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July 06, 2009

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July 01, 2009

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June 26, 2009

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June 25, 2009

Daily roundup

We Are a Pragmatic People

Unfortunately, some school officials believe children ought to receive monetary rewards as an incentive for academic performance. Sure, maybe this would be fine if education were primarily for future economic gain. Instead of pursuing education as a means of further good, this practice makes education a purely pragmatic step toward the next step...whatever that may be.

Pragmatism hardly leads to the type of virtue that true education should develop.

Did the president make his case on health care?

Abc_ntl_obama_rx_three_090624_mc That's what ABC is asking this morning. What do you think?

(Image © ABC News)

June 24, 2009

Daily roundup

June 23, 2009

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June 19, 2009

Daily roundup

Technological revolution

I've been following the events in Iran with fascination, all the more because a friend of mine just returned from a mission trip there. As she pointed out, with such a minuscule percentage of the Iranian population professing Christ (0.2%, according to Wikipedia), the young people who are risking their lives for the sake of freedom are, in most cases, risking much, much more--their eternal destiny and a life apart from God. Pray for the Iranians to know the true freedom of the Gospel.

One of the reasons we know so much about what has been happening in Iran this last week is technology. The kinds of things that become useless time wasters for us (who cares what Ashton Kutcher ate for lunch?) are the very things that have allowed news of the post-election chaos in Iran to make it past government censors and a foreign media ban. NBC Nightly News ran a piece last night on several Iranian youth who are attending school here in the U.S. and are working hard to keep their peers back home online despite government bans.


At the same time, over at the State Department, a leftover from the Bush administration has been the driving force behind keeping Twitter online and working with cell phone providers to develop technology that would allow people to access Twitter without Internet service.

I guess this Time piece on geeks inheriting the earth has finally come true. If nothing else, they may help to make the earth a more hospitable place for the people of Iran. We can all hope.

June 17, 2009

Daily roundup

June 16, 2009

Daily roundup

Marxist (Harpo, not Karl) Managers

Harpo Mike Metzger over at the Clapham Institute has written an article about how business managers fail to use moral language at work -- even if they are "acting for moral reasons." Because they fear it will hurt their career, "they perform as moral mutes instead" (hence the Harpo Marx reference).

Metzger cites several studies that confirm this problem, including one survery of 13 top business schools that showed a "B-school education not only fails to improve the moral character of students, it actually weakens it." 

Another study reveals how the problem springs from the modern educational system that dismantles the moral order that America was once based upon: "Students are taught a definition of reality that makes an absolute distinction between facts and values. Facts are the province of science and business while values are the province of religion. Facts are propositions; values are preferences. Fact language includes economics. Values language includes ethics. Students graduate with an unshakable faith that using moral language even remotely hinting at faith has no place in the workplace."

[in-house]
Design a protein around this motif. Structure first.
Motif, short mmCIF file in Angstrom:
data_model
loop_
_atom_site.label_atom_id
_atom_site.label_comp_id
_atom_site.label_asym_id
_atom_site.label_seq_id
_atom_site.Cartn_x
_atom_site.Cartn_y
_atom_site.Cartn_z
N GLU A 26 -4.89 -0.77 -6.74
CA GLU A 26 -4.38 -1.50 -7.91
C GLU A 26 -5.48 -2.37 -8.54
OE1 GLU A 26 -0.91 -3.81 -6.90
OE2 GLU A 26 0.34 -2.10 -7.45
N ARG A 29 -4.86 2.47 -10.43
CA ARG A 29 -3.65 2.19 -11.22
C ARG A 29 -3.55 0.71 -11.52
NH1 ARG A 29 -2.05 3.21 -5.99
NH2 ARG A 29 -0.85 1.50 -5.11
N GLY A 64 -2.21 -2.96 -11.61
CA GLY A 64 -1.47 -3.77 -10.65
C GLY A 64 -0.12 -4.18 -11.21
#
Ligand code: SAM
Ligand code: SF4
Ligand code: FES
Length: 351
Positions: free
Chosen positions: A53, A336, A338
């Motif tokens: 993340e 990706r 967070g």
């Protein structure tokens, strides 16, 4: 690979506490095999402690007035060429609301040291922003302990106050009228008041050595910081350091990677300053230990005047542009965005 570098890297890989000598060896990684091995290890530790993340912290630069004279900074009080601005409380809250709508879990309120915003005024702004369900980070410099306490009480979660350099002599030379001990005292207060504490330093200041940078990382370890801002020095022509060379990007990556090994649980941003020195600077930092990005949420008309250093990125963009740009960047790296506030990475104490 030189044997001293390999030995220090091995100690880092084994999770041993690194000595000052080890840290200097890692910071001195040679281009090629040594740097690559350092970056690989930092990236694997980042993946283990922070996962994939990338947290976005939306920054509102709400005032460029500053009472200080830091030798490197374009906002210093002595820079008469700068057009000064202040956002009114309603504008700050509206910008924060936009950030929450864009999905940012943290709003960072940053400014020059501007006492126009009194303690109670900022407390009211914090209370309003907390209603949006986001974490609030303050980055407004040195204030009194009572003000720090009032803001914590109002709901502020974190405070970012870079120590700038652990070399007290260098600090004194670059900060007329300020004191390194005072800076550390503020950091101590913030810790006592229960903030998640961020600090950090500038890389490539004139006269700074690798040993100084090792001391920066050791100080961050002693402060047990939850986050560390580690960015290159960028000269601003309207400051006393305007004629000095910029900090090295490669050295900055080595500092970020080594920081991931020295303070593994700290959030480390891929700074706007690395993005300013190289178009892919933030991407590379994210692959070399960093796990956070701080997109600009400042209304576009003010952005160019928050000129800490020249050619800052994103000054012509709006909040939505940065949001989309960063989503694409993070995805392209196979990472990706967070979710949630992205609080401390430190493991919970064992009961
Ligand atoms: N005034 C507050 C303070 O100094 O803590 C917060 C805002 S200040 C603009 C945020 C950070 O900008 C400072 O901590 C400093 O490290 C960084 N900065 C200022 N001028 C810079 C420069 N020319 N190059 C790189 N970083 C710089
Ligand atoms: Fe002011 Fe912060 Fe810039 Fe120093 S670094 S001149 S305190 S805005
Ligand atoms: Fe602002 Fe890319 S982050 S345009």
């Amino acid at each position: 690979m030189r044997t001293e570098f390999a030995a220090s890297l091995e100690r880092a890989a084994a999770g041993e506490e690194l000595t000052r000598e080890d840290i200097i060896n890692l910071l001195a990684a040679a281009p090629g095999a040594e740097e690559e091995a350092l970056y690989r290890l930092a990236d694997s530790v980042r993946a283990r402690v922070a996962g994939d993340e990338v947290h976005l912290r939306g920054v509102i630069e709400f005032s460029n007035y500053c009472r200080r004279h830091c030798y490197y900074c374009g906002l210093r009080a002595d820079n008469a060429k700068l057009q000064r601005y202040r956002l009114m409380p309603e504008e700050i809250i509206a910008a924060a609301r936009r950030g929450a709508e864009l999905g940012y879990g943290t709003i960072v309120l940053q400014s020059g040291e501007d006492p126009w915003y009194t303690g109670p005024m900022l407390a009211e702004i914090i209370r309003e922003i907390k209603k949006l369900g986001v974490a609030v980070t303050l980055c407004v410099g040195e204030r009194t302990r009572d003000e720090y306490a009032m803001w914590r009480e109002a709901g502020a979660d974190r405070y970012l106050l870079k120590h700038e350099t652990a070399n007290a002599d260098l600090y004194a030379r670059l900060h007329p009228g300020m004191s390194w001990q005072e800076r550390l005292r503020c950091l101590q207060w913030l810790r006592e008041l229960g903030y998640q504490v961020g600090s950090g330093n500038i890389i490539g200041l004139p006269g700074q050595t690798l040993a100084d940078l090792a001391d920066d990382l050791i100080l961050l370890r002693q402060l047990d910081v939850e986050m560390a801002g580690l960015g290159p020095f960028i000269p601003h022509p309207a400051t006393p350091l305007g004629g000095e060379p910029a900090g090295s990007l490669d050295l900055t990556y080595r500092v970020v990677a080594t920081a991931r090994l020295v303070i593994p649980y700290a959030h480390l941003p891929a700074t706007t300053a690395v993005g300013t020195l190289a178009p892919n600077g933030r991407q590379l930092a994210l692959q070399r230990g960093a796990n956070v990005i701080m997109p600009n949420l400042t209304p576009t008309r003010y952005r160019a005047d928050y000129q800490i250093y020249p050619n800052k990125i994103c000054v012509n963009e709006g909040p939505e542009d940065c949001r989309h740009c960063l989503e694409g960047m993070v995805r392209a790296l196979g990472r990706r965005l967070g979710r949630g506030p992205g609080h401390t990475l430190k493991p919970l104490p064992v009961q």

One result of this mindset is "our current economic crisis" caused by managers who could not see beyond their "own narrow ambitions" -- as evidenced by the scandals and economic meltdowns at Enron, Worldcom, Bear Stearns, Lehman Brothers, AIG, etc.

Metzker sees one glimmer of hope: 20% of 2009 graduates from the Harvard Business School have voluntarily signed "the M.B.A. Oath" in which they pledge to "serve the greater good" and to "act responsibly, ethically, and refrain from advancing their own narrow ambitions at the expense of others." 

However, my reaction was one of dismay since only 20% were willing to sign the pledge. Seems to me that such a step should be required for all college graduates, regardless of their major. Restoring the sense of what we ought to do -- based on Judeo-Christian ethics -- is critical if we want to turn America back from her current self-destructive path.

(Image courtesy of IMDb and MPTV)

June 15, 2009

Daily roundup

Climate Change Is Real

Booker-14060_1423198a That's right. The world's climate is changing, always has been -- just, this time, not in the direction predicted by the 2007 Nobel Peace Prize winner. As reported by the Telegraph, cooler, not warmer weather is causing crop shortages and higher prices around the globe. For instance,

In Canada and northern America summer planting of corn and soybeans has been way behind schedule, with the prospect of reduced yields and lower quality. Grain stocks are predicted to be down 15 per cent next year. US reserves of soya – used in animal feed and in many processed foods – are expected to fall to a 32-year low.

The situation is similar for China, Africa, and Europe.

So what's the culprit? Something that was identified 200 years ago when "the great astronomer William Herschel observed a correlation between wheat prices and sunspots. When the latter were few in number, he noted, the climate turned colder and drier, crop yields fell and wheat prices rose. In the past two years, sunspot activity has dropped to its lowest point for a century."

Hmmm. Looks like the science "was in," the debate over, two centuries ago. Had the Nobel been established back then, the Peace prize might have gone to an astronomer.

It is a sad irony that in our efforts to fix a problem that doesn't exist -- man-made global warming -- the food situation around the globe could very well be exacerbated as "the millions of acres of farmland [are] now being switched from food crops to biofuels" to reduce man-made greenhouse gas emissions.

(Image © Reuters)

June 12, 2009

Journalists should cringe

Newspapers While perusing a review of the crumbling state of our nation's newspaper industry, I crossed paths with these chilling words: